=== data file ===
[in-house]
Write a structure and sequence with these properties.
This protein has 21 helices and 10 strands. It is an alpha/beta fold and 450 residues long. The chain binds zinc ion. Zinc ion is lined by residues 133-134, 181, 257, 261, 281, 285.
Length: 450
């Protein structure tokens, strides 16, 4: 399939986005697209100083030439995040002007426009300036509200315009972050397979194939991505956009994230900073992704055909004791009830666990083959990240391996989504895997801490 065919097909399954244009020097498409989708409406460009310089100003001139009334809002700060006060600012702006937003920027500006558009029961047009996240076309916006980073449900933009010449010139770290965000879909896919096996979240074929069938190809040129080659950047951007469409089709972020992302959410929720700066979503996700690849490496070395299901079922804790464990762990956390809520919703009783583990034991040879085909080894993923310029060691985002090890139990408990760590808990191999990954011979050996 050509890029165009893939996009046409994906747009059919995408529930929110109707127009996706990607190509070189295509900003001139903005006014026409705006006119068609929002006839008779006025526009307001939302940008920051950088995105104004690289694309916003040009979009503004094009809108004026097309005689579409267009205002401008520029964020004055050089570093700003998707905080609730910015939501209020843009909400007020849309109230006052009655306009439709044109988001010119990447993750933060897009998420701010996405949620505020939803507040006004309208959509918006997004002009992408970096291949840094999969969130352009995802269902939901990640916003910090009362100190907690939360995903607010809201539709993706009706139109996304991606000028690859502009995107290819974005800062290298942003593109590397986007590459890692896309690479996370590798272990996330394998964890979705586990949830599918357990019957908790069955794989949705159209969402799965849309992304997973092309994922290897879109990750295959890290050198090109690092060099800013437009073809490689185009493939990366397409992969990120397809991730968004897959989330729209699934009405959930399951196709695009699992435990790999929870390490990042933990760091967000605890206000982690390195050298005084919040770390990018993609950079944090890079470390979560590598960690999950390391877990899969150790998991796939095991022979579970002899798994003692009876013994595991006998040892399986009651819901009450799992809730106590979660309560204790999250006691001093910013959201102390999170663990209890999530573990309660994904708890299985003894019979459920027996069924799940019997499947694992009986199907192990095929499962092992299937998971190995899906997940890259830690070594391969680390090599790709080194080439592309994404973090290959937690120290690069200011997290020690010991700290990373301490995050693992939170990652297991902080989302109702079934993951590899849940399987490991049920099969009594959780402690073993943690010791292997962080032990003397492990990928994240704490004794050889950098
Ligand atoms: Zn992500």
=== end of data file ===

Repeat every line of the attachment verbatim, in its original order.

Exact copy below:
[in-house]
Write a structure and sequence with these properties.
This protein has 21 helices and 10 strands. It is an alpha/beta fold and 450 residues long. The chain binds zinc ion. Zinc ion is lined by residues 133-134, 181, 257, 261, 281, 285.
Length: 450
């Protein structure tokens, strides 16, 4: 399939986005697209100083030439995040002007426009300036509200315009972050397979194939991505956009994230900073992704055909004791009830666990083959990240391996989504895997801490 065919097909399954244009020097498409989708409406460009310089100003001139009334809002700060006060600012702006937003920027500006558009029961047009996240076309916006980073449900933009010449010139770290965000879909896919096996979240074929069938190809040129080659950047951007469409089709972020992302959410929720700066979503996700690849490496070395299901079922804790464990762990956390809520919703009783583990034991040879085909080894993923310029060691985002090890139990408990760590808990191999990954011979050996 050509890029165009893939996009046409994906747009059919995408529930929110109707127009996706990607190509070189295509900003001139903005006014026409705006006119068609929002006839008779006025526009307001939302940008920051950088995105104004690289694309916003040009979009503004094009809108004026097309005689579409267009205002401008520029964020004055050089570093700003998707905080609730910015939501209020843009909400007020849309109230006052009655306009439709044109988001010119990447993750933060897009998420701010996405949620505020939803507040006004309208959509918006997004002009992408970096291949840094999969969130352009995802269902939901990640916003910090009362100190907690939360995903607010809201539709993706009706139109996304991606000028690859502009995107290819974005800062290298942003593109590397986007590459890692896309690479996370590798272990996330394998964890979705586990949830599918357990019957908790069955794989949705159209969402799965849309992304997973092309994922290897879109990750295959890290050198090109690092060099800013437009073809490689185009493939990366397409992969990120397809991730968004897959989330729209699934009405959930399951196709695009699992435990790999929870390490990042933990760091967000605890206000982690390195050298005084919040770390990018993609950079944090890079470390979560590598960690999950390391877990899969150790998991796939095991022979579970002899798994003692009876013994595991006998040892399986009651819901009450799992809730106590979660309560204790999250006691001093910013959201102390999170663990209890999530573990309660994904708890299985003894019979459920027996069924799940019997499947694992009986199907192990095929499962092992299937998971190995899906997940890259830690070594391969680390090599790709080194080439592309994404973090290959937690120290690069200011997290020690010991700290990373301490995050693992939170990652297991902080989302109702079934993951590899849940399987490991049920099969009594959780402690073993943690010791292997962080032990003397492990990928994240704490004794050889950098
Ligand atoms: Zn992500």